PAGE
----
Stop!

A few days ago, this ad appeared on a website I was visiting:

unstopable

Since “unstoppable” is misspelled, my first reaction was to save the image so I could rant about it here.  But upon further research, I discovered that the misspelling wasn’t limited to the ad above.

unstopable

Of course, I had to get to the bottom of this–what true grammar snob could sleep at night without figuring out what went wrong?  According to an About.com product review, Downy claims that the product is so powerful it doesn’t need the second “p” in the word “unstoppable.”

Huh?

I hope this marketing ploy has worked for them, because they certainly aren’t getting my business.  Using this product would make me feel like a traitor.  What are your thoughts on misspelling as a form of marketing?

Flexibility

Rust-Oleum’s leak seal product might be flexible, but the dictionary is not!

flexable

Just in case the photo above didn’t elicit a good chuckle, here is a photo I took at work earlier this week:

mackelmore

Must be a new breed

I was doing some research at work on Saturday and I noticed this announcement on the Humane Society of Clark County website:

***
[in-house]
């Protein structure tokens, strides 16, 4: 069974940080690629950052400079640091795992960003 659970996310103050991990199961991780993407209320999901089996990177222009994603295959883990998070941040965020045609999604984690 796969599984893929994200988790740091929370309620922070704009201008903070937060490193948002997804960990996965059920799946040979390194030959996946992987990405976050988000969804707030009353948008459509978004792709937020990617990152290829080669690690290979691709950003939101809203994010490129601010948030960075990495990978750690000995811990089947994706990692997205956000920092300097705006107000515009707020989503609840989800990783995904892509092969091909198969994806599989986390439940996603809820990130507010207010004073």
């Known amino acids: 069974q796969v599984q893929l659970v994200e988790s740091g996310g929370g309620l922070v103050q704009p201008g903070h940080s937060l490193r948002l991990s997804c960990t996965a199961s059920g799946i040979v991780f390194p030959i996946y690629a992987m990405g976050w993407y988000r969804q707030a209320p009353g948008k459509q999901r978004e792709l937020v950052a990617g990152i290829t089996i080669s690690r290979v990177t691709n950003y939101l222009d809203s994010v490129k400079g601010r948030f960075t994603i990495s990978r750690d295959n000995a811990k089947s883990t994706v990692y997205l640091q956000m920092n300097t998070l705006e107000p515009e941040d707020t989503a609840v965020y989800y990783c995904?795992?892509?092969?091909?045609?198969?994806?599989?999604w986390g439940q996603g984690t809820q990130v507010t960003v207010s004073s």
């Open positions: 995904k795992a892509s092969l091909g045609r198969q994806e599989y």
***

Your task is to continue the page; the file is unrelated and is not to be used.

What a poser.

What a poser.

SMH.  (That’s “shaking my head,” right?  I can’t keep up with what the damn cool kids are saying these days.)  I feel pretty silly right now, because I’ve spent my whole life thinking that furry creature in the photo above is a dog.

Grammar gold

First things first:  Happy New Year!

Back in November, I saw this ad on Facebook and forgot all about it until I was sifting through my “Pictures” folder this morning.  (Note to self:  you have too much crap on your computer.)

facebookad

The obvious mistake is in the statement below the photo.  By sharing the photo, you’re not going to “get this rings.”  You might get “this ring” or “these rings,” but “this rings” is something a stupid person would give away.

I’m also curious about the claim that one winner will be drawn on 29th.  Yeah, there’s a period after “29th,” so I can only assume that’s the end of the sentence.  And is the winner drawn–as in, sketched–or is their name drawn from a hat or a raffle drum?

I wish you all a happy 2013 and hope you all stick to your resolutions for at least a week.